Two men unlashed his body from the mule and lifted it off and laid it in the shadow beside the low stone wall. Other men took the other bodies off. Finally there were five lying end to end in a long row, alongside the road. You don't cover up dead men in the combat zone. They just lie there in the shadows until somebody else comes after them.
The unburdened mules moved off to their olive orchard. The men in the road seemed reluctant to leave. They stood around, and gradually one by one I could sense them moving close to Capt. Waskow's body. Not so much to look, I think, as to say something in finality to him, and to themselves. I stood close by and I could hear.
One soldier came and looked down, and he said out loud, "God damn it." That's all he said, and then he walked away. Another one came. He said, "God damn it to hell anyway." He looked down for a few last moments, and then he turned and left.
Another man came; I think he was an officer. It was hard to tell officers from men in the half light, for all were bearded and grimy dirty. The man looked down into the dead captain's face, and then he spoke directly to him, as though he were alive. He said: "I sure am sorry, old man."
Then a soldier came and stood beside the officer, and bent over, and he too spoke to his dead captain, not in a whisper but awfully tenderly, and he said:
"I sure am sorry, sir."
Then the first man squatted down, and he reached down and took the dead hand, and he sat there for a full five minutes, holding the dead hand in his own and looking intently into the dead face, and he never uttered a sound all the time he sat there.
And finally he put the hand down, and then he reached up and gently straightened the points of the captain's shirt collar, and then he sort of rearranged the tattered edges of his uniform around the wound. And then he got up and walked away down the road in the moonlight, all alone.
After that the rest of us went back into the cowshed, leaving the five dead men lying in a line, end to end, in the shadow of the low stone wall. We lay down on the straw in the cowshed, and pretty soon we were all asleep.
It's hard to imagine a more compelling story, but the annals of war are filled with such tales. The special love men develop for one another in combat has been chronicled by historians since Herodotus, three thousand years ago. The wars and weapons, and nations change, but these older, deeper realities never change. Men, and now women, become one through the experience, and share a bond that the rest of us can only try to imagine.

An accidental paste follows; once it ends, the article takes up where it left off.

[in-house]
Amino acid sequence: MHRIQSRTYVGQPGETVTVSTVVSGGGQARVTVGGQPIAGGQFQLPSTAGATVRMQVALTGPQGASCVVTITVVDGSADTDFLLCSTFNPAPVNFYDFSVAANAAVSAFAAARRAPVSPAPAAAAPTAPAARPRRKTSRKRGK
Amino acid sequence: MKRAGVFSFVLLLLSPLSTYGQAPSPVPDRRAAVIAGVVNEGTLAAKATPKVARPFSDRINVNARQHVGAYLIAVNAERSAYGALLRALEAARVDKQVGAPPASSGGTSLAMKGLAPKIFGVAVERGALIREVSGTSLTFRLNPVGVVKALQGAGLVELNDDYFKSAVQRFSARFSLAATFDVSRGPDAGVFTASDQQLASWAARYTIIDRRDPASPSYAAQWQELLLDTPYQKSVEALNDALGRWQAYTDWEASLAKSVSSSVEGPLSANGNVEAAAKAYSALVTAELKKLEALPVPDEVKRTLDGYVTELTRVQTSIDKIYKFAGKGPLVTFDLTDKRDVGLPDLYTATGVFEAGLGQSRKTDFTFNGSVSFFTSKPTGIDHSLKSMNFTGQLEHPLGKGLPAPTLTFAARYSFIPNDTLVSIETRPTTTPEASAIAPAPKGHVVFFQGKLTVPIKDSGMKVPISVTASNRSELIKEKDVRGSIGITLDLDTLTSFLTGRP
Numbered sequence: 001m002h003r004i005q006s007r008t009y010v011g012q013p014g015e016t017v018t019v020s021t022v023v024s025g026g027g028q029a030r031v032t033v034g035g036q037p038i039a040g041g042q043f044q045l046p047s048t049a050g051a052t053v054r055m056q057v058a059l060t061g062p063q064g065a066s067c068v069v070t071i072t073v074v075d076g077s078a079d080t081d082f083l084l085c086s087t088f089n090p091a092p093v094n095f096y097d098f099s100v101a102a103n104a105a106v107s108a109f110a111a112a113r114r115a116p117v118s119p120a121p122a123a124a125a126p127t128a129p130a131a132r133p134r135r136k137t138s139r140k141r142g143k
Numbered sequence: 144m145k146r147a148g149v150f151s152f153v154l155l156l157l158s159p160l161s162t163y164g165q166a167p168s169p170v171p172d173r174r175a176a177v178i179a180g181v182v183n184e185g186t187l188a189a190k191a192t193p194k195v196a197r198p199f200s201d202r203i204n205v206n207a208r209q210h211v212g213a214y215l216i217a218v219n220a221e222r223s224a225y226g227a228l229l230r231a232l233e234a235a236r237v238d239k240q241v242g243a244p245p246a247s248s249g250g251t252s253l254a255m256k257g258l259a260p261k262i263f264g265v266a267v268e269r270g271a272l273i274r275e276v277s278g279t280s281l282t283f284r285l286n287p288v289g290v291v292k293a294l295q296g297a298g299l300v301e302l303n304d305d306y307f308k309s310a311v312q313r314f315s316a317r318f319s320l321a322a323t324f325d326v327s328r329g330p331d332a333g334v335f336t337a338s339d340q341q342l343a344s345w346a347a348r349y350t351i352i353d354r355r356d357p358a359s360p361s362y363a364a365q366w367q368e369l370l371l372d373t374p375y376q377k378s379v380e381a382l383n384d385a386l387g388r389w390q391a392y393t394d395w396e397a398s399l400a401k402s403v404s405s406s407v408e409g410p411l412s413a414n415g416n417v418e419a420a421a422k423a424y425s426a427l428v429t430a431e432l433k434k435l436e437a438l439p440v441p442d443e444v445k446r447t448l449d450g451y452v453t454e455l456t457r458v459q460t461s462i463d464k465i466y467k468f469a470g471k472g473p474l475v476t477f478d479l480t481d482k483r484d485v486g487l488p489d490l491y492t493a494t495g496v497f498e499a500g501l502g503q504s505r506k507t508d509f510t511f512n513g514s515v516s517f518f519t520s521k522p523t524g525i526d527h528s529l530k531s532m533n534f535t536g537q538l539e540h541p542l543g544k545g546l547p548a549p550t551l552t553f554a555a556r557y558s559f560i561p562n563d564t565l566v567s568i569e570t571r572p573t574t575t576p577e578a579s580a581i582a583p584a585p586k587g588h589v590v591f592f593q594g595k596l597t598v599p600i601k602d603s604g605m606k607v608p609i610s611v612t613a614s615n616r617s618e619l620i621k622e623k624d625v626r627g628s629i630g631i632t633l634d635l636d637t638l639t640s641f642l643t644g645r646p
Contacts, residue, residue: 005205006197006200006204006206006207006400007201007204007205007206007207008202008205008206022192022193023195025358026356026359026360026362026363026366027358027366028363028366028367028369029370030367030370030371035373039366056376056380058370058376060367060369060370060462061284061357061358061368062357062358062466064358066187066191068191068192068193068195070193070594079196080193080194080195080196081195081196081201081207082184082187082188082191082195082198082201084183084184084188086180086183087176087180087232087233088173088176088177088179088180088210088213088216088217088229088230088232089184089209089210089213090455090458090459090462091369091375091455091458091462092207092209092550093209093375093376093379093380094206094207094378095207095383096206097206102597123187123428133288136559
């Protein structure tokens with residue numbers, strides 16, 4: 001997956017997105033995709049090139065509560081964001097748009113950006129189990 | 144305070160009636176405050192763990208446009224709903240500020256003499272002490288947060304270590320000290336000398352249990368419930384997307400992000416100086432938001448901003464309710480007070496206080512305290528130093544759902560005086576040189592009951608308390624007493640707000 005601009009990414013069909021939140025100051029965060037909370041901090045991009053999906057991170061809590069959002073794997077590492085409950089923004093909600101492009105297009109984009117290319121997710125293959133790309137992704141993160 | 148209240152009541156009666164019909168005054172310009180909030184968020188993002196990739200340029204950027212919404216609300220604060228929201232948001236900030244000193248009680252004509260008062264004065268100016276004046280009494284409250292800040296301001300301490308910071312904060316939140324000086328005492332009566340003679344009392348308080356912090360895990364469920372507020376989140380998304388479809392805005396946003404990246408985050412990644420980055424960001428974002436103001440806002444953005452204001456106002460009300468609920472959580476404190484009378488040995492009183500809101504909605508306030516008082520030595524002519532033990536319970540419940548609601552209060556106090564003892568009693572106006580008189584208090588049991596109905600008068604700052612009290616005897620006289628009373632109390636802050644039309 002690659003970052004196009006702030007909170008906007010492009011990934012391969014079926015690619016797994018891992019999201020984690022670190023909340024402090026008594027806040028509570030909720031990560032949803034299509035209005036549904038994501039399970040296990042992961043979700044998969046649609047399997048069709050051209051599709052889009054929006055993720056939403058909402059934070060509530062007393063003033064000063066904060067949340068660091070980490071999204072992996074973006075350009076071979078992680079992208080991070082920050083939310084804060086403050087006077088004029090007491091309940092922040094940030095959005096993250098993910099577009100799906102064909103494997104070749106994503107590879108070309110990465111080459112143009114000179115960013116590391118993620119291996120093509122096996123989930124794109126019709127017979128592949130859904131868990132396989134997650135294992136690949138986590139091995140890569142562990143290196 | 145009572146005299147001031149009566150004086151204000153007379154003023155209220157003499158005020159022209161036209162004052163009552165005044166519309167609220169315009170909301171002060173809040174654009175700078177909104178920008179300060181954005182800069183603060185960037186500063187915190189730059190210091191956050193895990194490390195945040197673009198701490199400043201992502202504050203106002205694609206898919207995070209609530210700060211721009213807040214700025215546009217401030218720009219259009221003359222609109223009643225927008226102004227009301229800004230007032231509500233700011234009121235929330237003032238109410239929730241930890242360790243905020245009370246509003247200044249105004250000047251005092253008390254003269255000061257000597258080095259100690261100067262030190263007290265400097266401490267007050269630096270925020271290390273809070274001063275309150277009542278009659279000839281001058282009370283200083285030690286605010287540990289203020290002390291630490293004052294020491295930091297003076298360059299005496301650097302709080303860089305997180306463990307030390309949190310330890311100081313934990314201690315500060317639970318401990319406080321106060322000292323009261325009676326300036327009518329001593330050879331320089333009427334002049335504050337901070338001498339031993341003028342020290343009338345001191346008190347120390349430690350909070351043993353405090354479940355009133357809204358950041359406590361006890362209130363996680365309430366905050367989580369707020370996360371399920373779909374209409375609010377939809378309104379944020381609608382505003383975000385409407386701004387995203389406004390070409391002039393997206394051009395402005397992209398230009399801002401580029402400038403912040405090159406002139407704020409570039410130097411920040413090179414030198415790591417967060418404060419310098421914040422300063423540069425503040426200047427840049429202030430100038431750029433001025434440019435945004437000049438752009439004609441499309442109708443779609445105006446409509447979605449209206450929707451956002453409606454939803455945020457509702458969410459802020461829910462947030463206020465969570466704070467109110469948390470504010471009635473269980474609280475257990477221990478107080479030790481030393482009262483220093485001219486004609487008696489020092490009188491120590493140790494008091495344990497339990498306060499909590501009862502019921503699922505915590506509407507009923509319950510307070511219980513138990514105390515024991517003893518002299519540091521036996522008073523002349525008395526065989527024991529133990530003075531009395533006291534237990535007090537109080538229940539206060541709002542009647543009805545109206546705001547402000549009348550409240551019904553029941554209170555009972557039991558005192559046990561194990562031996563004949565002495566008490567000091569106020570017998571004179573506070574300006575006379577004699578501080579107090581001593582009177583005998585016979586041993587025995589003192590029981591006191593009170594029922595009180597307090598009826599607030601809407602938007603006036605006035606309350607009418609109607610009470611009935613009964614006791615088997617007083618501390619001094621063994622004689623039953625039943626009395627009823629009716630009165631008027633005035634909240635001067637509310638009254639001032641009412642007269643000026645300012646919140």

My father was 18, had graduated early from high school and was attending Temple Junior college when the war started. His father prevented him from joining after the attack on Pearl Harbor, but his buddy Henry, being several years older and already a college graduate, was taken right up. Later, after he spent some time in California working at an aircraft plant, dad came back home to Belton and joined the army with his friends. Because he'd had a year of community college, he found he was qualified to be taken into flight and officer training.
He's told me a story many times, of what happened when he and a few friends came back to Belton after graduating from flight training and getting his wings (that's his graduation picture above). He must be about 19 or 20 in that shot. I don't even want to think about what I was doing with my life at 19. Men like my dad and Henry Waskow had fixed it so that my generation could relax and take life easy. I grew up in a time when that fact was still widely realized, but I'm not sure it is anymore.
These young guys, full of themselves, officers and gentlemen by act of congress, were anxious to test out the power of those shiny new wings. They were legendary for their power over the opposite sex, called "leg spreaders" by the guys in the service. When they got to Belton, they walked around the down town area, getting a burger at the local joint, and checking in with old employers, showing off. Soon though, they began to notice other uniforms in the downtown crowd. The shoulder patches were easily recognizable. Veteran enlisted men from the 36th division, Waskow's division, were home on leave from the war.
Dad says he and his buddies ducked into stores and alleys, getting out of town as soon as they could, avoiding these older guys. When I asked why, he looked at me and said that he and his friends knew that they were just young punks, and they didn't want to be embarrassed to have these heroes salute them just because of their new rank insignia. They knew that these men had been through hell, loosing most of their number on one horrible day as they crossed a river in boats against German machine guns. That image, and the humility it represents, always stuck in my head over the years, and has been one of many things that made me very proud of my father.
Of course, dad and I go out to Belton to watch the parades now, on the 4th of July and Memorial day, and he tears up as he remembers those old times. I've gotten to where I tear up as I see the units from Ft. Hood marching by, knowing where these volunteers have been, and where many of them are soon scheduled to go back to.